After 19 exhausting months, the United States 2016 election will come to a close on Tuesday as Americans cast their ballots to vote for the next President.
With polls showing a tightening presidential race, what clues about the election’s outcome can the candidates’ email marketing engagement rates offer us?
New data from Return Path, a data and email solutions provider, and Persado, a cognitive content marketing platform, show diverging email marketing campaigns that differ in strategy and tone.
Email List Size
Hillary Clinton started her campaign with a sizable advantage in email list subscriber numbers according to Return Path, but Trump’s email list is now 9% larger than Clinton’s. Yet evidence points to Trump’s email list lead likely deriving from purchased or rented email lists, as data shows his list jumping literally overnight.
Return Path offers an analysis of the candidate’s campaigns in the Email for President tool online, where users can look for details on the campaign’s email list size, open rates, spam rates and complaint rates based on a 30-day average. The data derives from consumer data captured in the Return Path Data Cloud, an opt-in panel of over 2.5 million inboxes.
Spam Complaints and Deliverability
Trump’s email marketing campaign has been littered with spam issues since the Republican primaries, with as many as 60% of his emails being filtered to spam on June 21, according to Return Path. Trump’s campaign sends emails from four different domains with varying spam rates, but his inbox placement rates lag behind his Democratic rival.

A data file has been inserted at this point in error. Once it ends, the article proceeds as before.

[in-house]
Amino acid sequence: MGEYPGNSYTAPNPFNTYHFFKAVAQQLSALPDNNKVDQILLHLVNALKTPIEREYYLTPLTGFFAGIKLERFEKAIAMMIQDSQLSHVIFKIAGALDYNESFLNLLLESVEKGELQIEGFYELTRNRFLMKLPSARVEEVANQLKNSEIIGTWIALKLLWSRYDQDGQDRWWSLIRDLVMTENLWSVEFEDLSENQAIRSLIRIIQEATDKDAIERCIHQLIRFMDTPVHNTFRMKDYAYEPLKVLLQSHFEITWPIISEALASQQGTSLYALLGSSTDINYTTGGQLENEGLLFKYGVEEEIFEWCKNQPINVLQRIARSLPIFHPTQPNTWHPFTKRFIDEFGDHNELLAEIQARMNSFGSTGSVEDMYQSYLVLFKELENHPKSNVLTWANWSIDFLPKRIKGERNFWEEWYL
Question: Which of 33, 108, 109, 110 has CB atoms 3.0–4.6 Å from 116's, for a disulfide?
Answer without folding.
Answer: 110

Although Clinton’s email list is smaller than Trump’s, more of Clinton’s emails are landing in the inbox. Clinton runs her entire email program through one, certified sending domain with a 96% deliverability rate. Her email team also vigorously A/B tests every subject line, helping her complaint rate remain around 0% while Trump’s has jumped as high as 20% in recent weeks.
Of the emails that do deliver, Trump has experienced a highly receptive audience. Trump consistently bested Clinton in email open rates throughout the election until faltering this fall. As of late October, Return Path says Clinton’s average open rate has been 18%, while Trump’s is 12%.
Persado analyzed more than 6,000 subject lines sent by both candidates’ campaigns from January 1 through August 31 using the company’s neural network classifier to categorize the emotional language used in each subject line.
Both campaigns used similar terminology in their subject lines, with an emphasis on the candidate’s names, campaign and attempts to mobilize followers for an upcoming event. One key difference is that Clinton’s third-most frequently used word is “we,” while Trump’s is “me.”
Trump’s most frequently used phrases in email subject lines were “approval rating” and “crooked Hillary,” while Clinton’s most used phrases were “stop Trump” and “thank you.”
The most common emotion leveraged by the Clinton campaign in its email subject lines was anticipation, followed by joy, fear, trust and pride. Perhaps the campaign should have prioritized the latter emotions, since trust and then pride were the most effective subject lines and elicited the highest engagement rates.
The most common emotion leveraged by the Trump campaign in its subject lines was joy, followed by anticipation, fear, trust and pride. Pride elicited the highest engagement rates, followed by fear.